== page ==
Paint spray guns are designed to speed up and improve your painting work.
These painting tools allow for even coverage of large surfaces regardless of the surface evenness. With a spray gun, you save a lot of time and effort and, as a result, you get a smooth and flawless coating without brush marks or unpainted areas that are hard to reach with a brush or roller.
So, let's look in detail at its benefits and where it is possible to use them.
Spray guns vs. airbrushes: what to choose
There are lots of hot discussions on social networks, an indefinite number of reviews and recommendations about what's better to choose an airbrush or a spray gun. Some advise in favor of airbrushes, others praise spray guns and if you're a newbie it's really difficult to understand who has a point there. Our answer is none. Or everybody. There's no right answer. It all depends on your purpose. Yes, these tools may seem to do the same thing. And no, you cannot just interchange them.
Spray guns are really good if you're looking for a painting tool to create a base coating or you need to cover with paint a pretty large area or lots of stuff in a short period of time. They hold more paint, provide quite an intensive paint flow and create large patterns.
Airbrushes are essentially different. They are more versatile and give more control for finer work and details. You can use them also for base coating but they will require more cleaning and will wear out faster.
Tips on choosing a spray gun
If you know a spray gun is the very thing you need but you still haven't chosen one, these tips can be of help:
- Consider an application of a spray gun. Airless spray guns are more difficult to use and require some training, they are rarely suitable for home projects.
- Take into account a surface you are going to paint. A type of paint should be compatible with a surface.
- Check if a chosen spray gun is appropriate for the use with that paint or other fluid.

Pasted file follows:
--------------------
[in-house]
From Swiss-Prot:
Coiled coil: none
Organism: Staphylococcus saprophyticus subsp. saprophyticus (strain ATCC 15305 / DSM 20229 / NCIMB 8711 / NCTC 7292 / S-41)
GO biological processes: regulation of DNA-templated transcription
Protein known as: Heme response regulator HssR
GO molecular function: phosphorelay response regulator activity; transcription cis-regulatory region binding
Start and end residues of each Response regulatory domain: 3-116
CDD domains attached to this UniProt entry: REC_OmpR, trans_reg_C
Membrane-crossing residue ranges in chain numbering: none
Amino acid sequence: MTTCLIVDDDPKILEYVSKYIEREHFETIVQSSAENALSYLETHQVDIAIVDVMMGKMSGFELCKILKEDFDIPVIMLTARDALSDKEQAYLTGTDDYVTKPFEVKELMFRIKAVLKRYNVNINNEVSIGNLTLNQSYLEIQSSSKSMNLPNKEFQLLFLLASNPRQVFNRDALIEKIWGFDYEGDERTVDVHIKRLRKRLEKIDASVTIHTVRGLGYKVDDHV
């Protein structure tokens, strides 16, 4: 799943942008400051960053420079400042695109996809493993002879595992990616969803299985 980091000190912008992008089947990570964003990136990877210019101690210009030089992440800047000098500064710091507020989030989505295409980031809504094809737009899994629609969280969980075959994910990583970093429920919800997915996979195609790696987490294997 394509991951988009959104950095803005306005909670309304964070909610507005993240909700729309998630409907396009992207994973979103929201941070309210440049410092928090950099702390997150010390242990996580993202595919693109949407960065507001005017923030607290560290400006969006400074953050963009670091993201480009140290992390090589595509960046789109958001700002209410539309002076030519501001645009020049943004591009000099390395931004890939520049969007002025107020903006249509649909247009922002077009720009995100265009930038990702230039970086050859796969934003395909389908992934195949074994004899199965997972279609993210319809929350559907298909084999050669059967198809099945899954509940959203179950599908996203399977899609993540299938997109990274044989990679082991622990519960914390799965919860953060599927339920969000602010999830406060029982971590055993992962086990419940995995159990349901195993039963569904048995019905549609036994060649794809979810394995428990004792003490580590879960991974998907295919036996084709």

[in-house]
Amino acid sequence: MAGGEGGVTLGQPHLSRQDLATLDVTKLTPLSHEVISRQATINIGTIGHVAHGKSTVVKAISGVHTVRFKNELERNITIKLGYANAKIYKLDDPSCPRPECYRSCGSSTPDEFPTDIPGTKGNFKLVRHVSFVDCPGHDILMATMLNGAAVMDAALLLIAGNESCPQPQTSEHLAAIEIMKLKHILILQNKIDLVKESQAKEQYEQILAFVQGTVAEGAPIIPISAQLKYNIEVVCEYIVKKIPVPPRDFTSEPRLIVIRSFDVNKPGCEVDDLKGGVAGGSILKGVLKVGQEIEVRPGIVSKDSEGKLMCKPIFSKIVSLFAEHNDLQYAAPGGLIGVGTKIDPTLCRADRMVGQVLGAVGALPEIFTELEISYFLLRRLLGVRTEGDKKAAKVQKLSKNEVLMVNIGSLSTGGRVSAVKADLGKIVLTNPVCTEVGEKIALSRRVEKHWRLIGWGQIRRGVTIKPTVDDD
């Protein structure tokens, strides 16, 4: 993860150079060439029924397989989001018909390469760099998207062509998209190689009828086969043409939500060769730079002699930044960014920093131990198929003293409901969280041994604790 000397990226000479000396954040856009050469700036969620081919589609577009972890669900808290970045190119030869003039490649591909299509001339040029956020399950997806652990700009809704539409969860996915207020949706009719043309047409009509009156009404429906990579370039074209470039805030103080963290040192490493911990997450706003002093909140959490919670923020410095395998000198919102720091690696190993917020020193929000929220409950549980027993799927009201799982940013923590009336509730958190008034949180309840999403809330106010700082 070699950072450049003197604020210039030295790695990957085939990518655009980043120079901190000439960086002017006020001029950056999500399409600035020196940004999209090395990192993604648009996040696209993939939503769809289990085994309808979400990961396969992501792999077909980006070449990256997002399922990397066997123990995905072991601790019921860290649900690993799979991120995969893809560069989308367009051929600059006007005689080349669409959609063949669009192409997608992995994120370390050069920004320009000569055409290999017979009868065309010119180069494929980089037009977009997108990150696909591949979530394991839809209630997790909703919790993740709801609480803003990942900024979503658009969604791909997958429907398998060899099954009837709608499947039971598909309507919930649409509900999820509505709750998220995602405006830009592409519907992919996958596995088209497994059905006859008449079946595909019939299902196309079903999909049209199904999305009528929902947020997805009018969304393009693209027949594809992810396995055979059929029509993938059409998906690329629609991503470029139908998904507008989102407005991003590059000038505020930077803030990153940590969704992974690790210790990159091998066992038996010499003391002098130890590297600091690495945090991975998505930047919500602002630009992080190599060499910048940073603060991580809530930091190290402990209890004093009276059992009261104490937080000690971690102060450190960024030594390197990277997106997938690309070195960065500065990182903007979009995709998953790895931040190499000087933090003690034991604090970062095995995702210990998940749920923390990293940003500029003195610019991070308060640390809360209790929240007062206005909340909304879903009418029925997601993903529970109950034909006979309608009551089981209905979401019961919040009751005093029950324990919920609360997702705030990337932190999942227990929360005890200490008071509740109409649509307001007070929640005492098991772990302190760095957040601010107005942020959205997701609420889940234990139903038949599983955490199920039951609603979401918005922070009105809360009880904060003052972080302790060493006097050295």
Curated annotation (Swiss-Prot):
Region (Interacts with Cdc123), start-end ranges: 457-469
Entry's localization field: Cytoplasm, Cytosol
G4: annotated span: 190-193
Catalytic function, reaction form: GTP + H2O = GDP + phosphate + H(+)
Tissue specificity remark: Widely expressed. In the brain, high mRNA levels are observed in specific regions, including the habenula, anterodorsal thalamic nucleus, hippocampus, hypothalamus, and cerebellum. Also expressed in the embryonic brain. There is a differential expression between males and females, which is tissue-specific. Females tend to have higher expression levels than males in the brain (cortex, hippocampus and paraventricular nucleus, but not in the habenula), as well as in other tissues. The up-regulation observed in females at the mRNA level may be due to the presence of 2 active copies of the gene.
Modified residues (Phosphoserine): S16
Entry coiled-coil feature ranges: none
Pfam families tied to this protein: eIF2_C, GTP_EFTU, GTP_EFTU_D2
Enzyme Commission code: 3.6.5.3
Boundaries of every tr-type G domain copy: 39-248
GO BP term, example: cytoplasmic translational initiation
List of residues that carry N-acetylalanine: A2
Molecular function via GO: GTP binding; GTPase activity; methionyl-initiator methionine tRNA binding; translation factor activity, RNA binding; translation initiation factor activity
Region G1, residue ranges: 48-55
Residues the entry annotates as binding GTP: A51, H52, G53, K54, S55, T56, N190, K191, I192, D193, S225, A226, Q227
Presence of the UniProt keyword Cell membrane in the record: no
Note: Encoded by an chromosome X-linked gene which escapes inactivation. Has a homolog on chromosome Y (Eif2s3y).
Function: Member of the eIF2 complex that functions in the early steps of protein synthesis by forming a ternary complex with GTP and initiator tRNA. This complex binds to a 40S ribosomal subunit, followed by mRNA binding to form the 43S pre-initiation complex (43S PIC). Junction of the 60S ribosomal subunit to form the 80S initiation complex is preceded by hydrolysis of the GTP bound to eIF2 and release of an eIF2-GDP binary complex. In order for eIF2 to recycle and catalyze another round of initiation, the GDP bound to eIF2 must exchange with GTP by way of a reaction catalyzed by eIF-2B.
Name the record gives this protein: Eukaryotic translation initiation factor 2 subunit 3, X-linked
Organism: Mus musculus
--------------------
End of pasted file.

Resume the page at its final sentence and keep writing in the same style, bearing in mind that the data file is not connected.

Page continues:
- Keep in mind if you are able to ensure a proper maintenance of that spray gun.
Types of spray guns
Now the easiest part is over and it's time to move to a boring one and to find out what is exactly the difference between types of spray guns.
In a broad manner, paint guns can be divided into three types according to the way a medium is transferred to the gun. These are
- gravity feed spray guns,
- siphon feed spray guns, and
- pressure feed spray guns.
As you can see, the operating principles of feeding systems are the same as with airbrushes. So, we shall not dwell on them in detail here. To learn more about them, you can read our buying guide on Airbrushes.
According to the combination of design and actuation type, spray gun types are usually as follows.
Conventional air spray guns
Their operation is based on the process called atomization, that is they spray fluid by means of high-pressure air flow. These paint sprayers are available with the following options of feed systems: gravity feed, siphon feed, and pressure feed. The difference is in the way paint is delivered to the spray gun. When it comes to gravity or siphon feed system, a cup mounts to a spray gun.
In the spray guns with pressure feed systems, pressure feed device, such as a pressure tank or pump, supplies paint with the airflow under pressure. Because of the principles of their functioning conventional air spray guns require more air in comparison to other types. But what's tempting, they give the finest atomization and provide complete pattern control. This spraying equipment is a perfect fit for industrial applications due to their high productivity level.